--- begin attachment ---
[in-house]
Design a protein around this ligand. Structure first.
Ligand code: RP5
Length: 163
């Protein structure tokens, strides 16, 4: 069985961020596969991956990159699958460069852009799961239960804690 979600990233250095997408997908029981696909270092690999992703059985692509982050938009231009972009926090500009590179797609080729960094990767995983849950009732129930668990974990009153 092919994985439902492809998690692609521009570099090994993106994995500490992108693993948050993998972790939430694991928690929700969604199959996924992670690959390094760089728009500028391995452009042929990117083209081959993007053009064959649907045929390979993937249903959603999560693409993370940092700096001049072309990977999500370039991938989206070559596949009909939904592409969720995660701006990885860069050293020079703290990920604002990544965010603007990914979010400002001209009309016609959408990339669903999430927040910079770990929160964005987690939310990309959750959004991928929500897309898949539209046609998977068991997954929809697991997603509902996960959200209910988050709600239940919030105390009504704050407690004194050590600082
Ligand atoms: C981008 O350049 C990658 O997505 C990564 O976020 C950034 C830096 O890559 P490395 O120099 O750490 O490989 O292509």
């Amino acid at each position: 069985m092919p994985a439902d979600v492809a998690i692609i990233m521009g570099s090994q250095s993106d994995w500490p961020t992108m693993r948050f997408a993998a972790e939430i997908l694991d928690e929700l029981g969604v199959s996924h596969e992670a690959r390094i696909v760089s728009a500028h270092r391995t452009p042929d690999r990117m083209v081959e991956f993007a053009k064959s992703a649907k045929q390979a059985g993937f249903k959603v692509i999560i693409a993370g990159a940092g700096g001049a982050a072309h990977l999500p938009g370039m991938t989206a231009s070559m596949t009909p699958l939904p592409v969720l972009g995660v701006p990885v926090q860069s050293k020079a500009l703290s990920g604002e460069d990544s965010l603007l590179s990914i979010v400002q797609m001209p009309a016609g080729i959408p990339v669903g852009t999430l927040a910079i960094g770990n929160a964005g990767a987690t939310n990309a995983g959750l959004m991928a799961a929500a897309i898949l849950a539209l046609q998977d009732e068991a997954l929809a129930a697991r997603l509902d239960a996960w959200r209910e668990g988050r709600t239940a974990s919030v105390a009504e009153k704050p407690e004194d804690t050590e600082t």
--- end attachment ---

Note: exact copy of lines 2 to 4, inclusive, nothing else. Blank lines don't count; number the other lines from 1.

Design a protein around this ligand. Structure first.
Ligand code: RP5
Length: 163